There’s nothing like mouthwatering, invigorating strawberries. And while you—and dogs—may love to snack on them, what about cats? Can furry felines eat strawberries, too? Yes!
“In moderation, this refreshing fruit falls under the category of safe cat treats for felines,” says Dr. Rachel Barrack, veterinarian, certified veterinary acupuncturist, certified Chinese veterinary herbologist and owner of New York City-based veterinary practice Animal Acupuncture. “If they enjoy the taste of them, go for it.”
All About Cats and Strawberries
Benefits of Strawberries for Cats
In moderation, strawberries make a “fun, perfectly acceptable treat” for cats, says small animal vet, Dr. Sarah Wooten, DVM, CVJ based in Silverthorne, Colorado, adding, “as long as they like them and they don’t cause problems.”
Here’s a look at the health benefits of strawberries:
- Strawberries are a good source of fiber, vitamins, minerals and antioxidants (vitamin C, folate, manganese, potassium and polyphenols).
- Strawberries have less sugar than many other fruits, making them a better snack, says Dr. Wooten. For comparison, strawberries have 7 grams of sugar per cup, while mangoes have 23 grams of sugar per cup and watermelon has about 10 grams of sugar per cup.
- Strawberries are hydrating, with a 91 percent water content. They should never, however, replace water.
Downsides of Strawberries for Cats
One of the main things to keep in mind with a human food such as strawberries is they don’t fall under natural feline fare.
“Cats don’t need carbohydrates,” says Dr. Wooten. “As obligate carnivores (meat eaters), they’re meant to get all their energy from proteins and nutrients in meat.”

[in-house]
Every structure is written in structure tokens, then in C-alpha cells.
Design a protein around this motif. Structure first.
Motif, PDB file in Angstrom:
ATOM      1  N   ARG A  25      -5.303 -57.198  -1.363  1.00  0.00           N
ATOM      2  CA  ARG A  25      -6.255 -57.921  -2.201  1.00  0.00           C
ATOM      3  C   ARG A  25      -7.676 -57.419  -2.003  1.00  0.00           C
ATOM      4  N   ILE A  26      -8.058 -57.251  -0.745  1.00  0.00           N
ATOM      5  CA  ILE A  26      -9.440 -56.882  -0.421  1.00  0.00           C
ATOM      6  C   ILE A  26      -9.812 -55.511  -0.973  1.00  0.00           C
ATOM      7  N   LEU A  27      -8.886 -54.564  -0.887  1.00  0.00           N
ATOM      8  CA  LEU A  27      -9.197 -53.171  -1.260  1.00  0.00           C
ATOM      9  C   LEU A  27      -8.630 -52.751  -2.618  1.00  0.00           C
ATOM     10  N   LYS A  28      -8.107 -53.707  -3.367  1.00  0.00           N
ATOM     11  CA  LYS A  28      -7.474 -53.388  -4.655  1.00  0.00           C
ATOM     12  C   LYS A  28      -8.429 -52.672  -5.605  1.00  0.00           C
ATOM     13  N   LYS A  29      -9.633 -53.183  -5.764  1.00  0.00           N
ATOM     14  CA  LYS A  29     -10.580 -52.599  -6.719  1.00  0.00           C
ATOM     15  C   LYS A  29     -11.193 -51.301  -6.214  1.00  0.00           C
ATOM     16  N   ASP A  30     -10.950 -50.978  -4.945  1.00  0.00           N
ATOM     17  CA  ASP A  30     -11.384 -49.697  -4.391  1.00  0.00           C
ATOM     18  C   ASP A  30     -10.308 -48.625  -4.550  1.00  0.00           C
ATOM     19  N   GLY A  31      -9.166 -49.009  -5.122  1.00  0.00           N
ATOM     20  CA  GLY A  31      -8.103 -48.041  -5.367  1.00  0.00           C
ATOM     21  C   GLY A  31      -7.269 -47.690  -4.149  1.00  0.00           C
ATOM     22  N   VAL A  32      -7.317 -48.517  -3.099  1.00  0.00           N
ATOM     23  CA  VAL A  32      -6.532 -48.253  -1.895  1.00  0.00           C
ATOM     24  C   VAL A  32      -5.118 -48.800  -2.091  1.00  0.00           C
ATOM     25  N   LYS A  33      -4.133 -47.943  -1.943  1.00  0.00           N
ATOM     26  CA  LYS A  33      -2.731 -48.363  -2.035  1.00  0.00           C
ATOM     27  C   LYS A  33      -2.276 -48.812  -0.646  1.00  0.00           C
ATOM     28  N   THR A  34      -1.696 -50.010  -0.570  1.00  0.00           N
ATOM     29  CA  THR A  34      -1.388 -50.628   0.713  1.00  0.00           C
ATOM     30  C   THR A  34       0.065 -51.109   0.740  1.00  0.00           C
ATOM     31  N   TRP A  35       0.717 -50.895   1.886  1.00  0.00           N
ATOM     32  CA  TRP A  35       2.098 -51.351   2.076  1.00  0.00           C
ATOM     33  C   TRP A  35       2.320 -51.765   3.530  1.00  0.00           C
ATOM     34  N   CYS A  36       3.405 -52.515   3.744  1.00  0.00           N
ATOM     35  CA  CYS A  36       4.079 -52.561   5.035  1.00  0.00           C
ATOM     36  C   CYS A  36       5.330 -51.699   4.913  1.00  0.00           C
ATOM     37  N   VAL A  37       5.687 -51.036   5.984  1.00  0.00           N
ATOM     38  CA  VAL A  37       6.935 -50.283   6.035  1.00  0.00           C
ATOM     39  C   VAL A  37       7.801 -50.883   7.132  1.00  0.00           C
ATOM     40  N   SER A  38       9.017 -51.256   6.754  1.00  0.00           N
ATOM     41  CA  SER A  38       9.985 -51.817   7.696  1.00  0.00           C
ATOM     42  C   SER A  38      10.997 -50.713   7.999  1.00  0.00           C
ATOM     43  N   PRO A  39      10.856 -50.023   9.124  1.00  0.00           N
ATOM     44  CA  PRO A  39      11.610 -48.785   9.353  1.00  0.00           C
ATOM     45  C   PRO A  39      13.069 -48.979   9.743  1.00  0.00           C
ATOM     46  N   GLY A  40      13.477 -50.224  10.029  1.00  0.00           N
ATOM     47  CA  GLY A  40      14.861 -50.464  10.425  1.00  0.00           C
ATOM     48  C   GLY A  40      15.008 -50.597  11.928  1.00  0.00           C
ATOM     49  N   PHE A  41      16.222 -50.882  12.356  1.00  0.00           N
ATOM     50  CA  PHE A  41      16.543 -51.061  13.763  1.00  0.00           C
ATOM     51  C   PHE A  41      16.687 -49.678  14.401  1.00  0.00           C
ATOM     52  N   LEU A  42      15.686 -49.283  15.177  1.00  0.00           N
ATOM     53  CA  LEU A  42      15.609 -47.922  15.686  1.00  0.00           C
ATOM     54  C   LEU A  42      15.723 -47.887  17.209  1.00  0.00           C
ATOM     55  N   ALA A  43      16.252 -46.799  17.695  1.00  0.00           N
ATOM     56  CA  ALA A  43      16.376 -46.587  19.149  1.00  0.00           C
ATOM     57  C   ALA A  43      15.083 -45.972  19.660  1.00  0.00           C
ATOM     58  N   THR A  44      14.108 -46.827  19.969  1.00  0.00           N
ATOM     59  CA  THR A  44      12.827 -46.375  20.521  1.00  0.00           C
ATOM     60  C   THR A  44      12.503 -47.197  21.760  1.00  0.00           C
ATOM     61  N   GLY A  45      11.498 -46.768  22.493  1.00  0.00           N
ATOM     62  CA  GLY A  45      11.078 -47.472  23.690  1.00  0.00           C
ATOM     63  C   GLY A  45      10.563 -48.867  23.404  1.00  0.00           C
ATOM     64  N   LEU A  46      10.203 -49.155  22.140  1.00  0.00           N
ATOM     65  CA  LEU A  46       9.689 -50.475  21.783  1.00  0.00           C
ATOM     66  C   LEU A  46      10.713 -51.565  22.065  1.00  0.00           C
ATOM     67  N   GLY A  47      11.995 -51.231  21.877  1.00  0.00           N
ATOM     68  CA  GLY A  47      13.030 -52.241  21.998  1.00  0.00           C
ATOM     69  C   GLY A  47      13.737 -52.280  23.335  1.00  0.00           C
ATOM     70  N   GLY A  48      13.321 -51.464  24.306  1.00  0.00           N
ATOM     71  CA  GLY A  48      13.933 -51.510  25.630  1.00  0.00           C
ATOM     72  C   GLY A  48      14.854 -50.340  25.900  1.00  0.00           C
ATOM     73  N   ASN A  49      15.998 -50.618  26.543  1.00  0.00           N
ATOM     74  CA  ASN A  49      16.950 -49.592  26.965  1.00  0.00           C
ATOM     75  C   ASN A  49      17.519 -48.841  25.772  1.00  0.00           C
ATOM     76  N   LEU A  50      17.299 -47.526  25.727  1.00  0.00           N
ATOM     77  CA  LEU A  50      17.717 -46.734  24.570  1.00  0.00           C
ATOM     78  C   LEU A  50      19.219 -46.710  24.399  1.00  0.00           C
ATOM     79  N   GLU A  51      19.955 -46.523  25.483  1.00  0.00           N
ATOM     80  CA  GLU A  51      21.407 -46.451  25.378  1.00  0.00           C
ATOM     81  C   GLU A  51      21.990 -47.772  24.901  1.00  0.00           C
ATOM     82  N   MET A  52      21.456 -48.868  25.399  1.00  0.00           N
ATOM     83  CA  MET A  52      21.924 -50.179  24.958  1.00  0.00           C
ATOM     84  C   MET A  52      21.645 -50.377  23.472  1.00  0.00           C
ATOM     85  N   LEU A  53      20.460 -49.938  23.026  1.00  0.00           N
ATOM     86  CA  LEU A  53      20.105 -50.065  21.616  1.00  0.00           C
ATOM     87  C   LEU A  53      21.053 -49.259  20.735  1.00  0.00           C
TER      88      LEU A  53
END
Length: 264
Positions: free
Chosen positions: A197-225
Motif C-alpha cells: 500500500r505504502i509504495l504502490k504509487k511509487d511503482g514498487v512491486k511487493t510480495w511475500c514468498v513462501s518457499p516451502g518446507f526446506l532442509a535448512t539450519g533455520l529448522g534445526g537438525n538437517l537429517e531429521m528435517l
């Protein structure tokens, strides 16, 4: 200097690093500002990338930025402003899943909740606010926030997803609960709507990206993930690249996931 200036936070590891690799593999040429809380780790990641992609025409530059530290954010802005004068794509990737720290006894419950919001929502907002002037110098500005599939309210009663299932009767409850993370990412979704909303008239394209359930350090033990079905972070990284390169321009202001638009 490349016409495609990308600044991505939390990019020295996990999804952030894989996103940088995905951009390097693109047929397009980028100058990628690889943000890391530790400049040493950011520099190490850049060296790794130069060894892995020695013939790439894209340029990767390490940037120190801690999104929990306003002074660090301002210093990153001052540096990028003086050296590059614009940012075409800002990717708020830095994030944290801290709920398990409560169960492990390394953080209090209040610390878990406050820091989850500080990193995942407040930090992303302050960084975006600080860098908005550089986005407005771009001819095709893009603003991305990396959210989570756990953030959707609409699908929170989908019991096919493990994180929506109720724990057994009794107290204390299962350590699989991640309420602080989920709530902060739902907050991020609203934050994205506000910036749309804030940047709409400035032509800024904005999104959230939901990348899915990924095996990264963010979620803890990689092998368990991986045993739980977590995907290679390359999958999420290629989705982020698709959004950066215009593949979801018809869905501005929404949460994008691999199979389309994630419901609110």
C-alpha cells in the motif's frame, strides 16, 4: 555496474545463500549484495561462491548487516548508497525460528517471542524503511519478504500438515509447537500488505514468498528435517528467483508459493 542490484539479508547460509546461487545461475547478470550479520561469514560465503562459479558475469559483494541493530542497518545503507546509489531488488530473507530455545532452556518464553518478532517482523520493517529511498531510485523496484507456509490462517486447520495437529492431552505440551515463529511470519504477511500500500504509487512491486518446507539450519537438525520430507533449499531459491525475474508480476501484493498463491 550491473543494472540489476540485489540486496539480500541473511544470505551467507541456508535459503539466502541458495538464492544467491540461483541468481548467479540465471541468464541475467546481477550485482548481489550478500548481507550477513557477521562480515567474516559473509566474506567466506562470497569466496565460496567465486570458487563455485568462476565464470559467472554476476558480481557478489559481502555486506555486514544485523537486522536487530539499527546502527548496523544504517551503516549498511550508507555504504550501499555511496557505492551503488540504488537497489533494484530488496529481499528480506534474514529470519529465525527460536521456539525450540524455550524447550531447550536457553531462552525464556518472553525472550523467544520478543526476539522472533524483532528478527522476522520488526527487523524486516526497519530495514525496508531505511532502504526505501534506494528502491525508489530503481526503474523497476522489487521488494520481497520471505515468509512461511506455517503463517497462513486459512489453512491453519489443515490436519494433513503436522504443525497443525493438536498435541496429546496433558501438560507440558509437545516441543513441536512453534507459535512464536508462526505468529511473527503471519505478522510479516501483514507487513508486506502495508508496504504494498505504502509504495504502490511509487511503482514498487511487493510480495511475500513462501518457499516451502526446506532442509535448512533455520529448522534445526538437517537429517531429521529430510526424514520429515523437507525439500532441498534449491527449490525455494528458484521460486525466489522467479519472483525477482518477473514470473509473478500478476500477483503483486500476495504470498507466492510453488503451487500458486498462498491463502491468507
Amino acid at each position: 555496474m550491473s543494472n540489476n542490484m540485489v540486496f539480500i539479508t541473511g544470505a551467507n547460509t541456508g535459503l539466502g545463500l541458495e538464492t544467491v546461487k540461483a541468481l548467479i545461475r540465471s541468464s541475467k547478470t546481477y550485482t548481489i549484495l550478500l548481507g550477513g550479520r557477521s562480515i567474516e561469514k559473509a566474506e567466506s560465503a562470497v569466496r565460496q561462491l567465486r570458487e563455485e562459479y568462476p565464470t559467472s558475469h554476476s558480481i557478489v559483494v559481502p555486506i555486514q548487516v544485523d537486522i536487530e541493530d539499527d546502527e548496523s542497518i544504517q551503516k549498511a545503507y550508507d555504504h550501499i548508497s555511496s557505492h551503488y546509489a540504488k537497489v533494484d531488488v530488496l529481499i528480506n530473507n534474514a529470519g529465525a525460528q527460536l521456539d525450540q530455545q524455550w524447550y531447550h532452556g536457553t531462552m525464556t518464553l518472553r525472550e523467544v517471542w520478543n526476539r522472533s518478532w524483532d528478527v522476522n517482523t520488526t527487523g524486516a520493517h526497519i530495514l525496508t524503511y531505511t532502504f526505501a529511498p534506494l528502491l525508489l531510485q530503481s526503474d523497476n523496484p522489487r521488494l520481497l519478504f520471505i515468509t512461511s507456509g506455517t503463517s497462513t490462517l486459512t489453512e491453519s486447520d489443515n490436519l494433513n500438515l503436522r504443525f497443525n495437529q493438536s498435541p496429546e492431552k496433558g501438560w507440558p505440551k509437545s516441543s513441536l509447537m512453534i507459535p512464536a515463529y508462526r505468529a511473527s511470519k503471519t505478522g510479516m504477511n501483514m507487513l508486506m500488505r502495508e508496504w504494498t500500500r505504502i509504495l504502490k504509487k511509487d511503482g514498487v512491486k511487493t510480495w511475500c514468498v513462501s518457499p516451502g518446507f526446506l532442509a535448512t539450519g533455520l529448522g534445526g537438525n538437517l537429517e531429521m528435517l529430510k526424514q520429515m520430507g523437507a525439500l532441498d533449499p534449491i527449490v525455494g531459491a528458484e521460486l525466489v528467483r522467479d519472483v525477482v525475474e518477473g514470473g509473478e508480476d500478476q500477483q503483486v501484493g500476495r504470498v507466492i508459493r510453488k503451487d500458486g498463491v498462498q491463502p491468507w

Here’s why strawberry treats may not be a cat’s best bet:
- While strawberries may have less sugar than many other fruits, they still have sugar. That translates to excess calories for kitty, says Dr. Wooten. And if your cat has a health condition, like diabetes, strawberries could have a negative effect on their blood sugar.
- Strawberries could cause diarrhea, loose stool or upset stomach. If your cat eats too many strawberries, they could get sick. And if they’re really binging and indulging in large quantities of strawberries, they may not want to eat their regular food, which will interfere with their overall balanced diet.
- Some cats are inherently intolerant to strawberries. Because cats have digestive systems that weren’t designed for carbohydrates, some fur babies might be inherently intolerant to strawberries, resulting in icky gastrointestinal issues if they ingest them. If you’ve got a stomach sensitive feline, it’s generally best not to give strawberries, says Dr. Deborah Bayazit, DVM, co-owner and medical director of Brilliant Veterinary Care in New York City.
- Cats may not even want a sweeter treat, like strawberries. “Sweet treats are just not a go-to for cats,” says Dr. Bayazit. As unbelievable as it may seem to humans and dogs, cats don’t tend to gravitate towards treats that contain sugar. In fact, they’re genetically wired, not to taste sweets the way we do.
- Strawberries’ nutritional benefits may not have much impact on cats. Though strawberries have nutritional benefits that certainly don’t hurt your cat (vitamin C, potassium, manganese, antioxidants and fiber), the truth is these upsides may have a minimum effect at best for feline friends because cats can’t safely consume enough to really make a big impact.
How to Feed Strawberries to Cats
If your kitty likes strawberries and doesn’t exhibit problems, here’s how to feed your cat strawberries.
- Clean the strawberries. Wash the strawberries in water (to help remove pesticides) and cut off the leaves and stems. The leaves and stems could be a choking hazard, or your buddy could get into digestive trouble from partaking.
- Cut one medium strawberry into small, bite-size pieces and serve it up no more than a couple of times a week.